18:45 “It’s very fluid, the sense of how old one is, I think is very changeable, depending on how whether we have the flu or if we’re in a really healthy place, whether there’s a lot of stress on our heart and mind or not, what’s going on in the world, we’re not one age and we don’t stage one age either so there is a gift or a grace of later life that I call agelessness…it was a very tricky one to articulate because ageless, in most people’s minds, in this culture, is a sort of badge of honor, reflecting how you hide your age very well and you don’t look your age. That’s what ageless means to a lot of people but for me, it means being multi-aged, having access to all the ages we’ve been, including old, and not shying away from any season or feeling like we have to give up young because we’re also old. But also, not denying age because it’s a beautiful season.”

20:28 “Some of us get old emotionally, and spiritually and psychologically, at a younger age but I think just the accumulated experience of many decades gives us something that we just can’t get any other way, other than living a long and full life.”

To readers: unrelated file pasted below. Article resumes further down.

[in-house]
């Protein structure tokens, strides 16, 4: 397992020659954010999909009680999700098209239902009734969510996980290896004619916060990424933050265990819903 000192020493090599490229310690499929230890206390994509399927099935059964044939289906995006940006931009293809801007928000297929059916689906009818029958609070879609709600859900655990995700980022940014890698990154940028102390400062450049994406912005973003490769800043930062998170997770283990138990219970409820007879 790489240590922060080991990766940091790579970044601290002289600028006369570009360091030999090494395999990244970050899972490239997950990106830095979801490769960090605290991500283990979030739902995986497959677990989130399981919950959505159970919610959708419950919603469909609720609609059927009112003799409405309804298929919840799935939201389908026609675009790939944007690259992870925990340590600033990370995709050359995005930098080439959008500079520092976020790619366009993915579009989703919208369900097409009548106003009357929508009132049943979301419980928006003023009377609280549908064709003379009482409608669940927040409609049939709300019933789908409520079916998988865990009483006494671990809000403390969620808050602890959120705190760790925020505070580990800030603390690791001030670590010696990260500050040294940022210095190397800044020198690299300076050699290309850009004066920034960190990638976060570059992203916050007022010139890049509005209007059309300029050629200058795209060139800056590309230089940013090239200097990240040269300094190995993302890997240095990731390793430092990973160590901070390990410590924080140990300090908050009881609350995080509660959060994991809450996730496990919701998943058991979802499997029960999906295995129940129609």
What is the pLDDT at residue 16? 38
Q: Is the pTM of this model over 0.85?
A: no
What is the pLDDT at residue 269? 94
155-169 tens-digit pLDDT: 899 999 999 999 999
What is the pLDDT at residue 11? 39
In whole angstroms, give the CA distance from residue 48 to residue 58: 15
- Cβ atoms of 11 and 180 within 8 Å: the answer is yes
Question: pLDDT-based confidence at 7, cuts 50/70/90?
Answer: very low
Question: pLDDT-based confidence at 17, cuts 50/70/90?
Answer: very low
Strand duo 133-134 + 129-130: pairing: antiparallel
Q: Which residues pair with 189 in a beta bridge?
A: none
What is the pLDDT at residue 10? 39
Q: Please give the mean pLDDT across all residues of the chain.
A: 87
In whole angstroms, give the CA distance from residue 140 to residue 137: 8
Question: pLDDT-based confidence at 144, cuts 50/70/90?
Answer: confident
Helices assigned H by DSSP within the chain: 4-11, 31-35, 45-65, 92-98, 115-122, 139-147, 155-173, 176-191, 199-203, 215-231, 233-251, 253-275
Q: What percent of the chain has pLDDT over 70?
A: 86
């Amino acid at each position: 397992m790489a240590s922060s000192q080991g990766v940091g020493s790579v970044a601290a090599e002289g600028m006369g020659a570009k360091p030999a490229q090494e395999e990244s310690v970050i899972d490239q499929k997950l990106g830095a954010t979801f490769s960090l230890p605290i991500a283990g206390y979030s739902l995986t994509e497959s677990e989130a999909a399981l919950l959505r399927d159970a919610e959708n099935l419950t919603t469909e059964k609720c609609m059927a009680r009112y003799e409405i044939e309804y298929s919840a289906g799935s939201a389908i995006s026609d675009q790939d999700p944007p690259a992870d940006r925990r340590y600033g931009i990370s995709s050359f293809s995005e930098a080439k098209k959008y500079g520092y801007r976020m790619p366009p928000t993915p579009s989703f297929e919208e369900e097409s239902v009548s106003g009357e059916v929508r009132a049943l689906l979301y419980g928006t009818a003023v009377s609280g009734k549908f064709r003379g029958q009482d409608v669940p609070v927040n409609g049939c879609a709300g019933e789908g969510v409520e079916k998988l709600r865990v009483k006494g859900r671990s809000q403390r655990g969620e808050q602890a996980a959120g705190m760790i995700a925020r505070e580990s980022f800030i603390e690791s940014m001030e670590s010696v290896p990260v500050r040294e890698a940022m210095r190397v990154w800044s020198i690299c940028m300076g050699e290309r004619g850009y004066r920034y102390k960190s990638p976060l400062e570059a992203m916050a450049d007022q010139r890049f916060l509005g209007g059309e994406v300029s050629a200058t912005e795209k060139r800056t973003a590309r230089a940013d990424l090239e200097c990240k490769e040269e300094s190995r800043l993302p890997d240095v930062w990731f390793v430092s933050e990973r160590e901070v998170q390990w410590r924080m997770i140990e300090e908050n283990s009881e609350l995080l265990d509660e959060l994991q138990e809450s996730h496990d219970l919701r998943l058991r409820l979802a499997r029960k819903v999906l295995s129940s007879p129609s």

21:55 “There’s a way in which fitting in and pleasing others, which I think is a big message for women, in particular, that starts to lose its lure. And it becomes more important being at home in our own skin and being true to who we are, it’s not that we don’t care about other people at all, it’s not that, because in a sense we get more connected to other people. But in terms of living by collective standards, we get freed up from that in general as we age, which is wonderful.”